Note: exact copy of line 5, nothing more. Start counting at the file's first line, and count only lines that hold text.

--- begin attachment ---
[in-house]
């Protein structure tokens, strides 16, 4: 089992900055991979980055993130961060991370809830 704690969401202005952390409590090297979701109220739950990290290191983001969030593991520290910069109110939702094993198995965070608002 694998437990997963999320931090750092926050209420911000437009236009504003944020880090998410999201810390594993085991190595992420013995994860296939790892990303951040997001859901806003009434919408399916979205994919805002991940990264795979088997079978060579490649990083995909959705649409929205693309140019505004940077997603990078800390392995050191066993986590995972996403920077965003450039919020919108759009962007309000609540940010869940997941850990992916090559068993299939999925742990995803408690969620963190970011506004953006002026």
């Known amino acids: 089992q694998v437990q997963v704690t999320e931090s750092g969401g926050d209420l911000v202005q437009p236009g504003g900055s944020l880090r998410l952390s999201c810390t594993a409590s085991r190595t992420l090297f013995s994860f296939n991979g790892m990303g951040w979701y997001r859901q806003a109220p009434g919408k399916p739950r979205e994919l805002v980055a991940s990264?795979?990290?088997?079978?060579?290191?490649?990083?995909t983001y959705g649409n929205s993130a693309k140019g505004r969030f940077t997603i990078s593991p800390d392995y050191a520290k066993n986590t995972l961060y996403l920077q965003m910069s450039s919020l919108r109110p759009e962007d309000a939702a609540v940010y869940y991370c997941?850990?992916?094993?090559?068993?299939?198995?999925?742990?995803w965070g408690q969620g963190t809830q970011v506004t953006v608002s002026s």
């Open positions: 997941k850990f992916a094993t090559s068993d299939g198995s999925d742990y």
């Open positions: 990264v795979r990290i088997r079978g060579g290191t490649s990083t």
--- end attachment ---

């Open positions: 990264v795979r990290i088997r079978g060579g290191t490649s990083t």